It is the season for black-necked cranes to migrate to lakeside marshes far beyond human touch in northern Tibet, China for reproduction.
The birds come to southwest China's Tibet each October and reproduce between mid-March and late April each year.
Tibet has been making increasing efforts to protect wild animals over the past few decades. The population of the rare crane has increased from less than 3,000 in 1995 to around 8,000 in recent years.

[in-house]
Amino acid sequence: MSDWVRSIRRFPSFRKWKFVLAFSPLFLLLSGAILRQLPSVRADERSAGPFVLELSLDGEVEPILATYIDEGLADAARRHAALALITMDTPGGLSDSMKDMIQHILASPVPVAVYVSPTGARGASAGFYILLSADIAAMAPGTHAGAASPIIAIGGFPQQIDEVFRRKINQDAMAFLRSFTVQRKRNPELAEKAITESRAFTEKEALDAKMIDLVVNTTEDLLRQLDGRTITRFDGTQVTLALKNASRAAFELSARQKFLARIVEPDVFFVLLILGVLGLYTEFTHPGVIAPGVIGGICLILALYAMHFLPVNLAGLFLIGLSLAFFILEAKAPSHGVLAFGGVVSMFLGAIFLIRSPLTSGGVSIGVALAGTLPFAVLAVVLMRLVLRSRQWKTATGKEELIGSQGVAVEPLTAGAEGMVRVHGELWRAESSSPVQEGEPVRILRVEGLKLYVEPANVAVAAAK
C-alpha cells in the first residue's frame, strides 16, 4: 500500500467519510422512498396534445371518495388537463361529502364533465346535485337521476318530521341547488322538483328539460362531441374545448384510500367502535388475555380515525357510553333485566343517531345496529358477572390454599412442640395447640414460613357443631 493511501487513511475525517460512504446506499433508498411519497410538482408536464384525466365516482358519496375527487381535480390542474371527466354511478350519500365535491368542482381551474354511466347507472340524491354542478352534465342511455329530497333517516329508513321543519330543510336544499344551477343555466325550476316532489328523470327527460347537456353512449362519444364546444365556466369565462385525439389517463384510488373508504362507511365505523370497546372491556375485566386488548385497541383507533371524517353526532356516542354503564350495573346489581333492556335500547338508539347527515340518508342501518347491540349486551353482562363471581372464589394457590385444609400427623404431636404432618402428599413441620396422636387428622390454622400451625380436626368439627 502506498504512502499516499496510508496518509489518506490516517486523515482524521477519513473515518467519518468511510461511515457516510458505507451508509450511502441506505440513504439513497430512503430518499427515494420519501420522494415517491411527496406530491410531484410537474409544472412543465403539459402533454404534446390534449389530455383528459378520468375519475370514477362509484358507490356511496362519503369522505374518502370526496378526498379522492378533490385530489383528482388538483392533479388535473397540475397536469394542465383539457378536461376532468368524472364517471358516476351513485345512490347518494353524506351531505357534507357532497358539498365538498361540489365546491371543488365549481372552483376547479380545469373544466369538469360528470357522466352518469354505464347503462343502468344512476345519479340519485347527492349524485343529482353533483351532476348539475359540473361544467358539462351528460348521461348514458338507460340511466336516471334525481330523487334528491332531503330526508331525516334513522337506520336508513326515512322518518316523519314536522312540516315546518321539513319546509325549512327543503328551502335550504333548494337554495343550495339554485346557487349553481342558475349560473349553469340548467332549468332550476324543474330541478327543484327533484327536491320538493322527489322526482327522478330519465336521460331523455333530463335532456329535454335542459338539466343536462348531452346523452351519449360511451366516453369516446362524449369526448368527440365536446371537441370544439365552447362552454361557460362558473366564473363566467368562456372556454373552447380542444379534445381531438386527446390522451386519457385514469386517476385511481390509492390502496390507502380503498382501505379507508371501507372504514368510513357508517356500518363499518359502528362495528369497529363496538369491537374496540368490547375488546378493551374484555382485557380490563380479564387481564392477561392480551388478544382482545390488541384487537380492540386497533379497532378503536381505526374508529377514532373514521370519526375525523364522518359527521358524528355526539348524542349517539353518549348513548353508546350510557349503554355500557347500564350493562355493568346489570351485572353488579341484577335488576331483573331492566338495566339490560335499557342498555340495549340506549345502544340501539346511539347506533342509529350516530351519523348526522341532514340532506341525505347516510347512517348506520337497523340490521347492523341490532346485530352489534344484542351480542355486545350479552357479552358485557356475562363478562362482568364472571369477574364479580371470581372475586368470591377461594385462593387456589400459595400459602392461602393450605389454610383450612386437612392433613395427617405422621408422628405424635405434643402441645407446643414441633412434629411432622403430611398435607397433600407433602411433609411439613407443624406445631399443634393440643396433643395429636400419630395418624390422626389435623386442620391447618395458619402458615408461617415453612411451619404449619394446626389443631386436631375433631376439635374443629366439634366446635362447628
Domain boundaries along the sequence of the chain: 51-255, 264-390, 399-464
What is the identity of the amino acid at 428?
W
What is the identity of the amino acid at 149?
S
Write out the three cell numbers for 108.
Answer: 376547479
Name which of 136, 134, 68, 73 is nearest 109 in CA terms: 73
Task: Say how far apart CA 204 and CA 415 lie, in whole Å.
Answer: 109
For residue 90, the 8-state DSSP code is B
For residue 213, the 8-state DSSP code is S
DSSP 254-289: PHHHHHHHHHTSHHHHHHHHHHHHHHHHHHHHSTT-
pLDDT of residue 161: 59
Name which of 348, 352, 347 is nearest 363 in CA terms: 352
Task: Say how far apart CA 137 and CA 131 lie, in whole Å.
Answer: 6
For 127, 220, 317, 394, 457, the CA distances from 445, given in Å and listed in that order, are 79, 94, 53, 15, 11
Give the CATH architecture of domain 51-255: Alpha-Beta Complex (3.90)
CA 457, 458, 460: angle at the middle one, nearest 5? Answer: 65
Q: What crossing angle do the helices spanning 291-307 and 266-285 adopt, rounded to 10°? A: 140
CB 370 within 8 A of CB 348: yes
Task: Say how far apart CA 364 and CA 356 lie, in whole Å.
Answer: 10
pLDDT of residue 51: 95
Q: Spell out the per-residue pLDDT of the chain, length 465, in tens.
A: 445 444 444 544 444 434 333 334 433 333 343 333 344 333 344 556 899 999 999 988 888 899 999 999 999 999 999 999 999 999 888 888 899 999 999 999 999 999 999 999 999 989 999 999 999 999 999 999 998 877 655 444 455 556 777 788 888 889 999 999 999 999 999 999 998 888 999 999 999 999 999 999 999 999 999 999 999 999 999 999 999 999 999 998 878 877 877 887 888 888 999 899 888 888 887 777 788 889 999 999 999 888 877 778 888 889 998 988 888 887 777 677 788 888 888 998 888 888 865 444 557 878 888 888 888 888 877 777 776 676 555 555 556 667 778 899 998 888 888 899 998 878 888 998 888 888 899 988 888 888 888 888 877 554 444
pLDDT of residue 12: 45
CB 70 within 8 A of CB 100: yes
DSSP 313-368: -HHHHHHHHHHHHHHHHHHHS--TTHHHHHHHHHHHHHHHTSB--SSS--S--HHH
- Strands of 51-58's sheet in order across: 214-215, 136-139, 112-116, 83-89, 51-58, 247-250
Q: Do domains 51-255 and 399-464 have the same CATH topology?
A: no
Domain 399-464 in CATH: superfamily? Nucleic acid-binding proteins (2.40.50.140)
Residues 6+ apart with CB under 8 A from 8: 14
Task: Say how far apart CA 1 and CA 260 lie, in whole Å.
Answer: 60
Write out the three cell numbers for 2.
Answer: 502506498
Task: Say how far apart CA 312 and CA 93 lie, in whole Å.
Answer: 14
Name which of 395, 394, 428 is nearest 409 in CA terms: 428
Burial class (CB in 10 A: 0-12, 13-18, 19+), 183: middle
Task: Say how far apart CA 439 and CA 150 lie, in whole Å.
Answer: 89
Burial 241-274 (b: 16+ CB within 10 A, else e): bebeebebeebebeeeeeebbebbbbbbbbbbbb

Black-necked cranes mainly live in the highlands of China, India, Bhutan, and Nepal. Tibet is home to about 80 percent of the world's total.